4. Personnel should have a backup covering or mask available.
  5. Reusable coverings should be routinely washed depending on the frequency of use. Standard washing practices and washing machine is satisfactory to properly wash a face covering.
  6. Face coverings and masks may not be readily available in the supply chain and deliveries frequently have long lead times. Personnel are requested to conserve and reuse masks as feasible.

4.3 Coverings Provided by Cornell and Employees

  1. Cornell University will provide face coverings to employees.
  2. Ordering from the Central Inventory
  • Facility and Campus Service is ordering, warehousing, and delivering face coverings (disposable, reusable). Orders will be fulfilled from the R5 Operations warehouse.

TO ORDER: Visit e-SHOP and select the link labeled Central inventory order form for critical supplies in the e-SHOP messages section of the home page.

Image of e-SHOP homepage

c. Employees may provide their own face coverings, masks, or neck gaiters if they meet the following requirements:

  • Fit snugly but comfortably against the side of the face

  • Be secured with ties, ear loops, or equivalent
  • Allow for breathing without restriction
  • Be able to be laundered without damage or change to the shape

5. Face coverings should not create additional hazards to the user, e.g. restrictions to breathing, or entanglement hazards with ties and straps.  Additional Safety Precautions

  1. Wearing a face covering does not replace the need for social distancing or other efforts to slow the spread of COVID-19. In addition to wearing cloth face coverings, remember to:
  • Personnel are to avoid contact with those who are sick, stay home if they are sick, and if they become sick at work, distance themselves from co-workers, contact their supervisor and go home.

  • Personnel should frequently clean hands with soap and water or an alcohol-based hand sanitizer with at least 60% alcohol.
  • Personnel should avoid touching your eyes, nose, and mouth.
  • Personnel should practice good cough and sneeze etiquette.
  • Personnel are advised to routinely disinfect high touch points, facilities, work areas, personal electronics, and shared equipment and spaces.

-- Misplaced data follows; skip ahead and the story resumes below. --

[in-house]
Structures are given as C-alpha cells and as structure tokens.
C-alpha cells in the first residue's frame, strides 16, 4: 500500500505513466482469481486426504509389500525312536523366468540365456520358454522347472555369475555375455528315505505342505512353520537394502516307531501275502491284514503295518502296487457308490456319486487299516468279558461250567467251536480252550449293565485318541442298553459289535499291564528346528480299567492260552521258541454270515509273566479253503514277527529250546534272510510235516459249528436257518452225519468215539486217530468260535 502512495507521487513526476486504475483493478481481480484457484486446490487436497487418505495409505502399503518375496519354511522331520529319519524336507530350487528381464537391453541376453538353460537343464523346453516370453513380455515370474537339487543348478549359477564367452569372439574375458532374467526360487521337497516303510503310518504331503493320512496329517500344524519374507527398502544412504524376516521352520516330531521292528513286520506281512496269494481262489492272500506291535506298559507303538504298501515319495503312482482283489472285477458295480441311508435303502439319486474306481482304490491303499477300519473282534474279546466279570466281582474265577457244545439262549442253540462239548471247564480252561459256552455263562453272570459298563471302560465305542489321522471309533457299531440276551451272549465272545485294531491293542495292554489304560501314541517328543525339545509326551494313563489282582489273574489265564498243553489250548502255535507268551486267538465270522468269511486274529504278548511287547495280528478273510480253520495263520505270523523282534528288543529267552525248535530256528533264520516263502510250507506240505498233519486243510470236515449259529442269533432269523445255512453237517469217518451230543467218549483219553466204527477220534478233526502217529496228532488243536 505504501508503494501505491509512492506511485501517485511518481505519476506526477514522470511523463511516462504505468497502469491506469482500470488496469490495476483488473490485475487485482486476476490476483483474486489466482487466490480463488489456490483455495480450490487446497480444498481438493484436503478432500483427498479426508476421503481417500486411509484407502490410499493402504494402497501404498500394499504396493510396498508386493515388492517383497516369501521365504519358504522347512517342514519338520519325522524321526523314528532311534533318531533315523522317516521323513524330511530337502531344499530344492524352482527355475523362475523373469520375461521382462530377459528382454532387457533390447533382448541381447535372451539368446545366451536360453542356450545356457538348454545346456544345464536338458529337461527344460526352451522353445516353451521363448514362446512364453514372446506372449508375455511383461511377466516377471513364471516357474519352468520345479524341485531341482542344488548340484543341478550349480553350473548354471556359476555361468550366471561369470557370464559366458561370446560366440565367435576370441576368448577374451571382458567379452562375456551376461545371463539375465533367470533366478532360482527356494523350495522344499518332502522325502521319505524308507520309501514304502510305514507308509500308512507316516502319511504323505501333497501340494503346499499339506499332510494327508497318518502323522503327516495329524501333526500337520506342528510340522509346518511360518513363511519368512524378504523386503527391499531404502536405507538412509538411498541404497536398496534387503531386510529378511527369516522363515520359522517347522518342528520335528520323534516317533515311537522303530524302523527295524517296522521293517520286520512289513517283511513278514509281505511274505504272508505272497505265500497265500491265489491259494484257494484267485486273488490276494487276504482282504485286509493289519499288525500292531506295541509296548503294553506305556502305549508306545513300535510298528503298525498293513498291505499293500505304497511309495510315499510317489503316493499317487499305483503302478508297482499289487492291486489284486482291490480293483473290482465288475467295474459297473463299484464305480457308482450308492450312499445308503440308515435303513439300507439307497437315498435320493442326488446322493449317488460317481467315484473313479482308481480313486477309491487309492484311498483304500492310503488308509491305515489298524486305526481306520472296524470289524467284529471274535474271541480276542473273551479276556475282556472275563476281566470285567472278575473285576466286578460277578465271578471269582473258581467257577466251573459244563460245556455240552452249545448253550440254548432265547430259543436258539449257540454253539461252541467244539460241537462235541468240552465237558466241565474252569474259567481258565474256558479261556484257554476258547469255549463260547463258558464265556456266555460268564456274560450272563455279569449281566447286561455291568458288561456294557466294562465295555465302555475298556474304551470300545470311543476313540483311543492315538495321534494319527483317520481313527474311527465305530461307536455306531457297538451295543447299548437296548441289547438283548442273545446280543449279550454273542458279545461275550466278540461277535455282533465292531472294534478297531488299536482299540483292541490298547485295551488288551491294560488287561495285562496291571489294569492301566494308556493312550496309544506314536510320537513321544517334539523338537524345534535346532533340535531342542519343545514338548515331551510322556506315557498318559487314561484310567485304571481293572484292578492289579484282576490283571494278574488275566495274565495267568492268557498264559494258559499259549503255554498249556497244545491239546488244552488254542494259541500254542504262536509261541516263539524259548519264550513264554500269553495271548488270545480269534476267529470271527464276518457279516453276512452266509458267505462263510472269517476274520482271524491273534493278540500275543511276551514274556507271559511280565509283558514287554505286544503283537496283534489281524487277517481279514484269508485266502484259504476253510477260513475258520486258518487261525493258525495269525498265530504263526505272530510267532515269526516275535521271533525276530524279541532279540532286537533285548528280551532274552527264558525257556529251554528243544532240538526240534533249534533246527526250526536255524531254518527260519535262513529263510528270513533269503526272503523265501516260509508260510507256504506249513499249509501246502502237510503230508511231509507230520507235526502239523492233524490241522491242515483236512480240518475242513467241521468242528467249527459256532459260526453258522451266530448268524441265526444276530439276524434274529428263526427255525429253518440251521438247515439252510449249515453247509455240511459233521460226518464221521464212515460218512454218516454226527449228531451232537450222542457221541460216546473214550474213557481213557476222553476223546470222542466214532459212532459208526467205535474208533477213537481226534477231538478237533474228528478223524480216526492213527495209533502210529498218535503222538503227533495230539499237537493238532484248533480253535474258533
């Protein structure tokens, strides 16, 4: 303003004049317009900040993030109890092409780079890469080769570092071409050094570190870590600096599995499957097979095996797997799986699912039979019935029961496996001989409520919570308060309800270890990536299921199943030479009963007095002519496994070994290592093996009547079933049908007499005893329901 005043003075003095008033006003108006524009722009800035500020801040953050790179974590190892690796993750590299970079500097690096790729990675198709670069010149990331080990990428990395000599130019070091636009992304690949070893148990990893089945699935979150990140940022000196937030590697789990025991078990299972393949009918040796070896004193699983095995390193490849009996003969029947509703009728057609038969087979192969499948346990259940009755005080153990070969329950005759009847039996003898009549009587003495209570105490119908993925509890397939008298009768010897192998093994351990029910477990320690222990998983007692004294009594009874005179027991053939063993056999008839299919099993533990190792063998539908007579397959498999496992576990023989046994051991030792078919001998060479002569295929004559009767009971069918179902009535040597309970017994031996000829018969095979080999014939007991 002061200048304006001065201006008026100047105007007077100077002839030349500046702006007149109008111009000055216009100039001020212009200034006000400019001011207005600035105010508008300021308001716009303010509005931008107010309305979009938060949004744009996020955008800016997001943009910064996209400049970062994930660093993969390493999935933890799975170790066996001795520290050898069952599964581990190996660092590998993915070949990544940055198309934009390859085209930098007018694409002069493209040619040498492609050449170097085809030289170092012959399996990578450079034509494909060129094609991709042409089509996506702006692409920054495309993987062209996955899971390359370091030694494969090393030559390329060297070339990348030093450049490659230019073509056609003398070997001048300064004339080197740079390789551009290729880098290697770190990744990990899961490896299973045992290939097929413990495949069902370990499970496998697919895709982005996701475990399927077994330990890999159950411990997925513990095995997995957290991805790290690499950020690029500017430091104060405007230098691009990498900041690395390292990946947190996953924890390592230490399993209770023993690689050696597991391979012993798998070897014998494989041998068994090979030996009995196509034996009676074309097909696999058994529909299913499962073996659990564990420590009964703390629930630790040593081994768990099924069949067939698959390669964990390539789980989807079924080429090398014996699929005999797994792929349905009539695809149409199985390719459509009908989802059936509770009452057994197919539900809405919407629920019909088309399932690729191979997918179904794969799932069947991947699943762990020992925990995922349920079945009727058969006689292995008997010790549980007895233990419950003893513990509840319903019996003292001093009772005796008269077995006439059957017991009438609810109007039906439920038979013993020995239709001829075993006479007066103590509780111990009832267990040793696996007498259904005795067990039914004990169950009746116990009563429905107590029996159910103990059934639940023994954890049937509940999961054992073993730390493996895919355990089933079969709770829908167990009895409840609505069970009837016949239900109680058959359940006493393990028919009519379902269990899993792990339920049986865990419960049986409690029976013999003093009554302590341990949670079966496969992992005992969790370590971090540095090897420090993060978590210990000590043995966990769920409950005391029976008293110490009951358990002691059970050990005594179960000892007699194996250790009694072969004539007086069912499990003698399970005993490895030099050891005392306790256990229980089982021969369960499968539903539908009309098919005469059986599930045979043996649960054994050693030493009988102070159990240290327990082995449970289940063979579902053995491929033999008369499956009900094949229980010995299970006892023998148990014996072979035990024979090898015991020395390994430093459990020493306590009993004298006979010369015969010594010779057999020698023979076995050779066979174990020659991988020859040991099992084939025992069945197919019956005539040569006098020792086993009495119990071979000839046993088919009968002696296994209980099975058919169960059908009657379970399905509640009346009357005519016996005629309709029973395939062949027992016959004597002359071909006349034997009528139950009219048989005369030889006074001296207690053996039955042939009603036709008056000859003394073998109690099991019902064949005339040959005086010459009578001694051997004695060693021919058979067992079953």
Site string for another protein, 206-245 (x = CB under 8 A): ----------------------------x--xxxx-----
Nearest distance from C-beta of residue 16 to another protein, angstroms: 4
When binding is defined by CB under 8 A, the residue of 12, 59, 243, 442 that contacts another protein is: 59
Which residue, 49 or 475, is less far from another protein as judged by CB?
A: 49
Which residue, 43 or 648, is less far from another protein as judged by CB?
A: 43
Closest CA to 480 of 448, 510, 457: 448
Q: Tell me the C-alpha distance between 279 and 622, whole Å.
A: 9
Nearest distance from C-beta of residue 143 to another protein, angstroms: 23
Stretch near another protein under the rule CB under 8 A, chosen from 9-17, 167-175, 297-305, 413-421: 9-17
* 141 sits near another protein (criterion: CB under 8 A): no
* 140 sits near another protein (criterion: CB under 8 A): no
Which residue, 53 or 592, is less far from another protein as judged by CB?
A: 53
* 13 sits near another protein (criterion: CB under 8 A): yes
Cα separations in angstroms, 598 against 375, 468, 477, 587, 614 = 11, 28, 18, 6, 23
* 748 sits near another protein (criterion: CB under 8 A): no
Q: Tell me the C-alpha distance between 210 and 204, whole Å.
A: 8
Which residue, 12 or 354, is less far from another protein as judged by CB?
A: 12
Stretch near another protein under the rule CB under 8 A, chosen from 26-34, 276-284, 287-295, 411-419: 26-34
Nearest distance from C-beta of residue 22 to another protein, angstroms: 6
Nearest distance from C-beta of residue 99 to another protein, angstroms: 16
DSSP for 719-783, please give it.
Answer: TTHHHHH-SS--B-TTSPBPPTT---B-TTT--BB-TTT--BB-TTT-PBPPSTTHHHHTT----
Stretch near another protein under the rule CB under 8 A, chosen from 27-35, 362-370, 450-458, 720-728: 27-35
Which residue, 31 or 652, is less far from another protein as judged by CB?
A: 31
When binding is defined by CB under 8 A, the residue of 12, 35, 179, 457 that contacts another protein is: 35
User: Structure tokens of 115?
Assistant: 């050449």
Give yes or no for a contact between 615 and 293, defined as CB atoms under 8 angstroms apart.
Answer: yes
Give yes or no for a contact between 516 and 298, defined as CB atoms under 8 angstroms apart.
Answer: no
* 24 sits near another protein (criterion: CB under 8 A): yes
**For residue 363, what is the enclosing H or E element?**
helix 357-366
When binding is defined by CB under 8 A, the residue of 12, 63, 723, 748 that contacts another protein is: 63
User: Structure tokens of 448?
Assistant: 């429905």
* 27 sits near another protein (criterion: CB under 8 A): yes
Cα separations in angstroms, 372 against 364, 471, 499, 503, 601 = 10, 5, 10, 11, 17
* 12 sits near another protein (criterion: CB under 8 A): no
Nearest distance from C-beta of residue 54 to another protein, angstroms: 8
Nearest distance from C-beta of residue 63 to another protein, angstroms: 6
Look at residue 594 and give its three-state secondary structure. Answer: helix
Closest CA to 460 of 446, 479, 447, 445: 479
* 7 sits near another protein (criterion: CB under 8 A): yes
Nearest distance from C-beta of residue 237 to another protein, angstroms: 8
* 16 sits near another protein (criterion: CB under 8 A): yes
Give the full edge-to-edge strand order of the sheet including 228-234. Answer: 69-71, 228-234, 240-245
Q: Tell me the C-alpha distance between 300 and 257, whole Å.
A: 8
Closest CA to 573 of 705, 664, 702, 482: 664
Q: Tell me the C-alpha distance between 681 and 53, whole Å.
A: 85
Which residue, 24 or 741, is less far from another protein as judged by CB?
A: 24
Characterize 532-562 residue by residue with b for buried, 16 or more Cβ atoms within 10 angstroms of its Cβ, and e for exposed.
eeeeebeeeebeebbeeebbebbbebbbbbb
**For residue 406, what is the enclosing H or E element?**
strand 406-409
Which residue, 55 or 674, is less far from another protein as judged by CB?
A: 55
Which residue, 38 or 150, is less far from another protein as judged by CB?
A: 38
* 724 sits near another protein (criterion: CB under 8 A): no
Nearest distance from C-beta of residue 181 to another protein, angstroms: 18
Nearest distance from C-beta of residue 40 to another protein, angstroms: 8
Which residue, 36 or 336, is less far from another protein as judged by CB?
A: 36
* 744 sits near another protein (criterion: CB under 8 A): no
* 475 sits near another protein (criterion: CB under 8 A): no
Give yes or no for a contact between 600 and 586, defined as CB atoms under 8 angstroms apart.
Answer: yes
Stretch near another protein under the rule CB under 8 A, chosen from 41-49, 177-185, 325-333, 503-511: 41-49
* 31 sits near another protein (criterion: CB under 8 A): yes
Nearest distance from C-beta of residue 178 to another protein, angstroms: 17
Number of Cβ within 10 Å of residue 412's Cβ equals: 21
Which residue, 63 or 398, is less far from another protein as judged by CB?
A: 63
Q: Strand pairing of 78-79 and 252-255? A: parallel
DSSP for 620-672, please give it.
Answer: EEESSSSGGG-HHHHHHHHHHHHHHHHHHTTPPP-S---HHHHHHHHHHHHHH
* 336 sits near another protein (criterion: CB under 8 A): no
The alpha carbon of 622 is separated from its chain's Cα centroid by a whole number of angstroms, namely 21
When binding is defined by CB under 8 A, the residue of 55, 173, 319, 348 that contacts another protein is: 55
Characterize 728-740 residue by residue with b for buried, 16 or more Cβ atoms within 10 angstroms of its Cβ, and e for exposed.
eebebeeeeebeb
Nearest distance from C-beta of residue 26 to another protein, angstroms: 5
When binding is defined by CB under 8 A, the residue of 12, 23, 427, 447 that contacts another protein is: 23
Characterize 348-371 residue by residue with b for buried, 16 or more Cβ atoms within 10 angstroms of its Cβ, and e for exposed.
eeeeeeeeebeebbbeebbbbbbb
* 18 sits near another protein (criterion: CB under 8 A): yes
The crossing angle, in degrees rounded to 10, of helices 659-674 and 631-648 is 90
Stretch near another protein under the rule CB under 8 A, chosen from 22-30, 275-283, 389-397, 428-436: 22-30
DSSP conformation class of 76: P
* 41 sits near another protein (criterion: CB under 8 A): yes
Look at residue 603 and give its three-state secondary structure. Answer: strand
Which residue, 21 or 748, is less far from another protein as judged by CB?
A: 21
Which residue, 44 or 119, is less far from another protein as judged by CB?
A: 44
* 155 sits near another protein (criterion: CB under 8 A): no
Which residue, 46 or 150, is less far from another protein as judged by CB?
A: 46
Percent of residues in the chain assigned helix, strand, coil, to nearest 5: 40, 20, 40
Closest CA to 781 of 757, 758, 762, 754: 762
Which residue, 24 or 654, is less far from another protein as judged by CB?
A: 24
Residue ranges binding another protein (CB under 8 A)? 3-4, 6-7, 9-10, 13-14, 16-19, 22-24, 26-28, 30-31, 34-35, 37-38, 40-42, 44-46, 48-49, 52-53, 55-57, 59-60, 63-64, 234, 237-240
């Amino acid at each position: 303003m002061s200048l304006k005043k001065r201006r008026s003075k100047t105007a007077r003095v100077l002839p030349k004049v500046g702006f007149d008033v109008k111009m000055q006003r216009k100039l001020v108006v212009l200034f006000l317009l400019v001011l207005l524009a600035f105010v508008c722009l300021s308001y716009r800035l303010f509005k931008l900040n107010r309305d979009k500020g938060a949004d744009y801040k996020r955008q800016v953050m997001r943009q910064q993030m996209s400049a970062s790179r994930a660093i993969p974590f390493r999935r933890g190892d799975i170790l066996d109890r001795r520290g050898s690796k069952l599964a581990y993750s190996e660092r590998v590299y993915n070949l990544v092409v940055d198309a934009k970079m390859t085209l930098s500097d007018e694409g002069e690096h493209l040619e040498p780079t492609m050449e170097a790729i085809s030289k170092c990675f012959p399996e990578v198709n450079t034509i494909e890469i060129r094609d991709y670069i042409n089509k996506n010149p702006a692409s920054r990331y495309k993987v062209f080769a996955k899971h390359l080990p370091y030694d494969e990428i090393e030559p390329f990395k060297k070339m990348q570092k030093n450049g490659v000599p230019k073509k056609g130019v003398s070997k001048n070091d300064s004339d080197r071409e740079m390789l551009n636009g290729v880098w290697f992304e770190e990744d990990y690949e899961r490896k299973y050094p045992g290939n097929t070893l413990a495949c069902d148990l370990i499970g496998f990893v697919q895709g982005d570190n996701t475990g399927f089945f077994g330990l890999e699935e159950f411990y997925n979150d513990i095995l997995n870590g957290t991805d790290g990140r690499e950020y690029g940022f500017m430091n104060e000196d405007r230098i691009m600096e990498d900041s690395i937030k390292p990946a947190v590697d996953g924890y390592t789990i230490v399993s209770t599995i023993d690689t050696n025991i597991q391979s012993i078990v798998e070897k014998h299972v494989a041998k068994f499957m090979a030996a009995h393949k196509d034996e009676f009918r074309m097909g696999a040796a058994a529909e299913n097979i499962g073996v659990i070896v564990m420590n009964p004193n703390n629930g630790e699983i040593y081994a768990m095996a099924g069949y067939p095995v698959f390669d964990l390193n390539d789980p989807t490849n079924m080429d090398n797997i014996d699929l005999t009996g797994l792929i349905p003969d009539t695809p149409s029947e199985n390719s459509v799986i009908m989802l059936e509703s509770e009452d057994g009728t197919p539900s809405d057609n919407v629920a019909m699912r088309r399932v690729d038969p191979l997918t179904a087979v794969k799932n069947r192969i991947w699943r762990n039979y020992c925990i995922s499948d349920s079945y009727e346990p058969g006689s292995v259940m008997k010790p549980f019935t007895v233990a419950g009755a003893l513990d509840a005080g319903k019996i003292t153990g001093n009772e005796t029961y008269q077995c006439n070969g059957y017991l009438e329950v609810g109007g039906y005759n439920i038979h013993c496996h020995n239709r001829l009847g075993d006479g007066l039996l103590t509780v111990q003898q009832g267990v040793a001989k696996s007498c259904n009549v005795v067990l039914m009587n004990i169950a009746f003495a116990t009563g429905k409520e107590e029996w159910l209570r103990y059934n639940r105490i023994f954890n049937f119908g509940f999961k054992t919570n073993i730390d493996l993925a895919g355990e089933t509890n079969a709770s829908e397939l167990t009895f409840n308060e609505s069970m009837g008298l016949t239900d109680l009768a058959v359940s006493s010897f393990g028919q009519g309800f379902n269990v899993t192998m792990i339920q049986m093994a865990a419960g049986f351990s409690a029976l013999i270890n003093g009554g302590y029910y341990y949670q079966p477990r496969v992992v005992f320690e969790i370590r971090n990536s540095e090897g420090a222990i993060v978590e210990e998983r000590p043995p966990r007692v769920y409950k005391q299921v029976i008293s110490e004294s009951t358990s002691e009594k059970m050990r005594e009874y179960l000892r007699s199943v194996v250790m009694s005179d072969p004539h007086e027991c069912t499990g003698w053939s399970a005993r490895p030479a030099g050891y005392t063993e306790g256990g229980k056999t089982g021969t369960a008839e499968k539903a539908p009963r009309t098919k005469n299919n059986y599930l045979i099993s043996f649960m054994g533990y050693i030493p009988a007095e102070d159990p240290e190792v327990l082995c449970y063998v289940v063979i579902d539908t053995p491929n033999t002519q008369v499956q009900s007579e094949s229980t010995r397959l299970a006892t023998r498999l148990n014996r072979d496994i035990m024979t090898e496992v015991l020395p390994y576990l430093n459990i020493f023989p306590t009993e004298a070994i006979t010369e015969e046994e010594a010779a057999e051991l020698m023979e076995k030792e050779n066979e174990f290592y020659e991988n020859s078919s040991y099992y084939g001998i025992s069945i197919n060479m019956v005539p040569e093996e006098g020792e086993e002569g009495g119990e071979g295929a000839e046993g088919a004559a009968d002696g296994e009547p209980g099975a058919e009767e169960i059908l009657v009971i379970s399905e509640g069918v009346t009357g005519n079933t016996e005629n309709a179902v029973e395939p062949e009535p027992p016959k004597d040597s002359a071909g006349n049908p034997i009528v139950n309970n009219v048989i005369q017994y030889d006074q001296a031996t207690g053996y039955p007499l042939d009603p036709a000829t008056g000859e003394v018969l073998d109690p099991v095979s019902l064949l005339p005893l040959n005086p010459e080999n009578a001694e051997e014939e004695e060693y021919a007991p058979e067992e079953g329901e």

• For additional guidance, consult the COVID-19 Hierarchy of Controls.

6. N95 Respirators

  1. N95 respirators or masks are in critical short supply so they must be reserved for healthcare workers, medical first responders and those performing the limited high-risk tasks directly supporting the continuity of healthcare, emergency responders, essential research or have other occupational exposure requiring N95 respiratory protection.
  2. N95 respirators with exhalation valves are not effective in reducing the spread of COVID-19 and are not permitted to be used as a face covering. (Examples of masks with valves: Example 1, Example 2)

7. Face Shields

  1. Currently, there are no studies that have evaluated the effects or potential benefits of face shields on source control, ie, containing a sneeze or cough, when worn by asymptomatic or symptomatic infected persons.  There is a general consensus that they are better than nothing; however, they are suboptimal to masks.  As such, face shields should not be viewed as an option to choose in lieu of face covering.  Accommodation request to use a face shield instead of a mask should be reviewed on a case-specific basis with an understanding of what other mitigating factors, such as scrupulous attention to distancing, or other accommodations can be implemented.  Masks and distance are truly the very best means we have to control spread.  
  2. Classroom instructors are permitted to use a face shield in lieu of mask while lecturing as long as physical distancing can be maintained.  Instructors must use a mask prior to lecturing, immediately following lecture, and while moving around the classroom interacting with students.

8. Resources

More Information

Revised 8/9/2020